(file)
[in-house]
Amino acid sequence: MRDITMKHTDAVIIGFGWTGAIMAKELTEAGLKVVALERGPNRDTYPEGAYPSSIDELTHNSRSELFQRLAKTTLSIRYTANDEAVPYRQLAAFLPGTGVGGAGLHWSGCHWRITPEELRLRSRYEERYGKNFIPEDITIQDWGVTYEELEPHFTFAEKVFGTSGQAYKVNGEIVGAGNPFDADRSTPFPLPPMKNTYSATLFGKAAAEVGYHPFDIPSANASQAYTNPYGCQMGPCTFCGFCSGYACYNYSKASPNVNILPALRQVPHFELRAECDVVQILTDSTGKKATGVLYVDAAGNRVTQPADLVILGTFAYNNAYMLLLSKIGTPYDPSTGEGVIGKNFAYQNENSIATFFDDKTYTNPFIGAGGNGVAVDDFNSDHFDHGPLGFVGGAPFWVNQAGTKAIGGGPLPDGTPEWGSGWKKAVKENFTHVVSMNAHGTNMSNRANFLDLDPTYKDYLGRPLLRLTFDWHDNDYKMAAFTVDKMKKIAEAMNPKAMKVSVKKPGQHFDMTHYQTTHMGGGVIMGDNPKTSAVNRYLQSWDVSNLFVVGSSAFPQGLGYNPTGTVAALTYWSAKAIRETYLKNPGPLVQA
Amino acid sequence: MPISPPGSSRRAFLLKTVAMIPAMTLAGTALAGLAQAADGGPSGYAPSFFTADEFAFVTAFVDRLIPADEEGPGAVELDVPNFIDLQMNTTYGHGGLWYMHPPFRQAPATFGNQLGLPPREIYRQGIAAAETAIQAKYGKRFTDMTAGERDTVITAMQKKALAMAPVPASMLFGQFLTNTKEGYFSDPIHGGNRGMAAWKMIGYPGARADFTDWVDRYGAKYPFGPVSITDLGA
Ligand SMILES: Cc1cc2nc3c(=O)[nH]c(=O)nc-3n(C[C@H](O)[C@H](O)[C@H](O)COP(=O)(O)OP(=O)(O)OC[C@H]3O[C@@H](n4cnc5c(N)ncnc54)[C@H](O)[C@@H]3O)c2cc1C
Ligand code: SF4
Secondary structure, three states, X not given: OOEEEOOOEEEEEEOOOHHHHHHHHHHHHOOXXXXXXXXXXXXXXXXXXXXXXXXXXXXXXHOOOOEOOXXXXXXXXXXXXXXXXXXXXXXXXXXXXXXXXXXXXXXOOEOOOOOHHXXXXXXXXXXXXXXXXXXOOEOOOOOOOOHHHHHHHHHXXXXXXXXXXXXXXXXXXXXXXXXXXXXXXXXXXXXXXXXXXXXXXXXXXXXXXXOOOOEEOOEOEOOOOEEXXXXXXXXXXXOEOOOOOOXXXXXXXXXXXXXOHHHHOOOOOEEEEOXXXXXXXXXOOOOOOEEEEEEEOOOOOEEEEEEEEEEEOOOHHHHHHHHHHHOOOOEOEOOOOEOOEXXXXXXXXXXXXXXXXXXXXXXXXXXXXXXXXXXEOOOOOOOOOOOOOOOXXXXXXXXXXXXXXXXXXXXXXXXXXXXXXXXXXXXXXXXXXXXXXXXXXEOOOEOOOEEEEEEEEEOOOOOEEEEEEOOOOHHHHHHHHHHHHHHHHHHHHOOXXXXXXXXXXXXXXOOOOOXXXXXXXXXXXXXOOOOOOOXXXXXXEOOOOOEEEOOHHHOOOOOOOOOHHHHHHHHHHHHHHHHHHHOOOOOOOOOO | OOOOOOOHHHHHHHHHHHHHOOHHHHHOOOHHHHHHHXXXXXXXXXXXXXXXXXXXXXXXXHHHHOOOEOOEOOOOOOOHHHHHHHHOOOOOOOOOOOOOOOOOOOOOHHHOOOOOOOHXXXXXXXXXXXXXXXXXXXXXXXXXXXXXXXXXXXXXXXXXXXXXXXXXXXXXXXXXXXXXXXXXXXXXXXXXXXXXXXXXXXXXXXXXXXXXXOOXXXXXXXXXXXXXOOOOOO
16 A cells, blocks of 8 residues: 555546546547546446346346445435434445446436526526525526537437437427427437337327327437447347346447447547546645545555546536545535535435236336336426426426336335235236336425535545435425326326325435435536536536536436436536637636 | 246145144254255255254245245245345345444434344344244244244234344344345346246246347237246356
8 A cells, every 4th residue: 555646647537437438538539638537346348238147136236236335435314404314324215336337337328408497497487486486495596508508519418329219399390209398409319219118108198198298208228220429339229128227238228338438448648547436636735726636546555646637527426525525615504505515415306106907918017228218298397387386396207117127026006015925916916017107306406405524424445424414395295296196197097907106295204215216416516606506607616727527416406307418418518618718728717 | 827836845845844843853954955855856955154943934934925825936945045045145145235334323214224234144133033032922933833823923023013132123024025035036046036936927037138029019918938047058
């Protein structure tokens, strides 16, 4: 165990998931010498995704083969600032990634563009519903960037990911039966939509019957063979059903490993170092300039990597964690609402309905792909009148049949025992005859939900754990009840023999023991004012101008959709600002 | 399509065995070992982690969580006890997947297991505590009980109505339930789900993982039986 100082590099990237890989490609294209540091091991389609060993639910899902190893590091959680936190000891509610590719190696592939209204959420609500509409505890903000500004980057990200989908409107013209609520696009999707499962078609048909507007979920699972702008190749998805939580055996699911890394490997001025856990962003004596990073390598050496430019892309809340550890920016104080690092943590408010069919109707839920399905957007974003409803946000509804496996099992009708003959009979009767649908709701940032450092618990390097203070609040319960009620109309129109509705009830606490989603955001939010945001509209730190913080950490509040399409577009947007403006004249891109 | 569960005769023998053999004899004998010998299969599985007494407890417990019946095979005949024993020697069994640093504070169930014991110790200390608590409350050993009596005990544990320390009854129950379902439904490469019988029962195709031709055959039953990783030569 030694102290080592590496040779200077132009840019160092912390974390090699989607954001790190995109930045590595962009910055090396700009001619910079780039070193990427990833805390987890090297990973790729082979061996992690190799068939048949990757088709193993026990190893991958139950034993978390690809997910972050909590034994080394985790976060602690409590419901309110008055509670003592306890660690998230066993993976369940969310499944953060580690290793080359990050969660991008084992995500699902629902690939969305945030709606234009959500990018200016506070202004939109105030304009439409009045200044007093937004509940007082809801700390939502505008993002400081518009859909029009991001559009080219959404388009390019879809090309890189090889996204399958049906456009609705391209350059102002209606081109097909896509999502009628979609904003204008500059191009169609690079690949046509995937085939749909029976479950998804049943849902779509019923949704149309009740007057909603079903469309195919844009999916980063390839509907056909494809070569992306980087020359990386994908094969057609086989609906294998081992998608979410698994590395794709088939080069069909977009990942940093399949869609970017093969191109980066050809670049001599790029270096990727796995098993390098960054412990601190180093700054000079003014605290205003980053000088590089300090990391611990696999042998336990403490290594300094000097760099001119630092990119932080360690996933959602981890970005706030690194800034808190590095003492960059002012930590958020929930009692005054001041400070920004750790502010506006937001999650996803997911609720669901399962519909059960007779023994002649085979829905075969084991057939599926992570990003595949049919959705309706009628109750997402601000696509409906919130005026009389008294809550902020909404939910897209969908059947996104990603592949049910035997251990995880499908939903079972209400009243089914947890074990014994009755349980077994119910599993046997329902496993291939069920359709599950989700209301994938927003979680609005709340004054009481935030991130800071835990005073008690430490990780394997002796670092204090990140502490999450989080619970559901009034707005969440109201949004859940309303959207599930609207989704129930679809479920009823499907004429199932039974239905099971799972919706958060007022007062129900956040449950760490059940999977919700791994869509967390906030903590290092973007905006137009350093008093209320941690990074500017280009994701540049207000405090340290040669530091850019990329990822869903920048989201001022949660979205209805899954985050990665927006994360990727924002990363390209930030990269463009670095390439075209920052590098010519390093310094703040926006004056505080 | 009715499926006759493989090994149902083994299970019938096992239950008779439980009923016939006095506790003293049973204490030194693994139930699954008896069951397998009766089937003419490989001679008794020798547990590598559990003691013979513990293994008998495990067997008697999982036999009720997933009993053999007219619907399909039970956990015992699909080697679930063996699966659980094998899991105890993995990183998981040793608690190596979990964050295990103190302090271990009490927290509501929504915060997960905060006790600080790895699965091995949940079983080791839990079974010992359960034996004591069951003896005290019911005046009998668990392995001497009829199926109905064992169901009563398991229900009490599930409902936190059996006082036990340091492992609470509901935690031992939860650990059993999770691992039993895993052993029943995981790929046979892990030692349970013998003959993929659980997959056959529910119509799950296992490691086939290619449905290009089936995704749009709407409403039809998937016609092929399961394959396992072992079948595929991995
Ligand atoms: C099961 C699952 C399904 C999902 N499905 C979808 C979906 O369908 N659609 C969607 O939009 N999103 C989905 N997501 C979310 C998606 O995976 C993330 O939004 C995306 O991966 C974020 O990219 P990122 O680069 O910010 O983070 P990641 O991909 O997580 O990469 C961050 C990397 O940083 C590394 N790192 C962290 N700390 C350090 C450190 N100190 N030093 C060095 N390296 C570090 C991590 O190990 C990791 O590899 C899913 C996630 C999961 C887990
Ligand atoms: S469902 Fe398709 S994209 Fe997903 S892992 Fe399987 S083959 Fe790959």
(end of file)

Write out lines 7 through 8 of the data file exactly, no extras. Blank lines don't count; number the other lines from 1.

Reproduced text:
16 A cells, blocks of 8 residues: 555546546547546446346346445435434445446436526526525526537437437427427437337327327437447347346447447547546645545555546536545535535435236336336426426426336335235236336425535545435425326326325435435536536536536436436536637636 | 246145144254255255254245245245345345444434344344244244244234344344345346246246347237246356
8 A cells, every 4th residue: 555646647537437438538539638537346348238147136236236335435314404314324215336337337328408497497487486486495596508508519418329219399390209398409319219118108198198298208228220429339229128227238228338438448648547436636735726636546555646637527426525525615504505515415306106907918017228218298397387386396207117127026006015925916916017107306406405524424445424414395295296196197097907106295204215216416516606506607616727527416406307418418518618718728717 | 827836845845844843853954955855856955154943934934925825936945045045145145235334323214224234144133033032922933833823923023013132123024025035036046036936927037138029019918938047058